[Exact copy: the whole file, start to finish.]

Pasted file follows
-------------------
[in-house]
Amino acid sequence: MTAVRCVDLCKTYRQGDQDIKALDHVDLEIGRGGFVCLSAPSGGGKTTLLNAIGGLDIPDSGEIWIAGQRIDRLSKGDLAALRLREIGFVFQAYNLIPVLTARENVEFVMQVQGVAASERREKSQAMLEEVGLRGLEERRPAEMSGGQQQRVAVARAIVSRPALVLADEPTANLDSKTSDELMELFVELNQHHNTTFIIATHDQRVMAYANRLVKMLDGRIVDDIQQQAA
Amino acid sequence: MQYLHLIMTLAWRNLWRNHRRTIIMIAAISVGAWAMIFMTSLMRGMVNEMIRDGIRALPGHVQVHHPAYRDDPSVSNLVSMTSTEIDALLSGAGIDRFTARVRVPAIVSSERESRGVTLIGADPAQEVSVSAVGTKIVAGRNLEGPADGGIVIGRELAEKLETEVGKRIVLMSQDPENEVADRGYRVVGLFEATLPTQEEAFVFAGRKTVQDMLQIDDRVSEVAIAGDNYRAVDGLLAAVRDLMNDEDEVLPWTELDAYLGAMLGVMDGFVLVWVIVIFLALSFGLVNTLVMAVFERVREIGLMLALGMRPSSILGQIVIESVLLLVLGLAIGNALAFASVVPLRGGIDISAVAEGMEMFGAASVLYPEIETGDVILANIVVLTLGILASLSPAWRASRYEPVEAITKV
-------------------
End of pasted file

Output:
[in-house]
Amino acid sequence: MTAVRCVDLCKTYRQGDQDIKALDHVDLEIGRGGFVCLSAPSGGGKTTLLNAIGGLDIPDSGEIWIAGQRIDRLSKGDLAALRLREIGFVFQAYNLIPVLTARENVEFVMQVQGVAASERREKSQAMLEEVGLRGLEERRPAEMSGGQQQRVAVARAIVSRPALVLADEPTANLDSKTSDELMELFVELNQHHNTTFIIATHDQRVMAYANRLVKMLDGRIVDDIQQQAA
Amino acid sequence: MQYLHLIMTLAWRNLWRNHRRTIIMIAAISVGAWAMIFMTSLMRGMVNEMIRDGIRALPGHVQVHHPAYRDDPSVSNLVSMTSTEIDALLSGAGIDRFTARVRVPAIVSSERESRGVTLIGADPAQEVSVSAVGTKIVAGRNLEGPADGGIVIGRELAEKLETEVGKRIVLMSQDPENEVADRGYRVVGLFEATLPTQEEAFVFAGRKTVQDMLQIDDRVSEVAIAGDNYRAVDGLLAAVRDLMNDEDEVLPWTELDAYLGAMLGVMDGFVLVWVIVIFLALSFGLVNTLVMAVFERVREIGLMLALGMRPSSILGQIVIESVLLLVLGLAIGNALAFASVVPLRGGIDISAVAEGMEMFGAASVLYPEIETGDVILANIVVLTLGILASLSPAWRASRYEPVEAITKV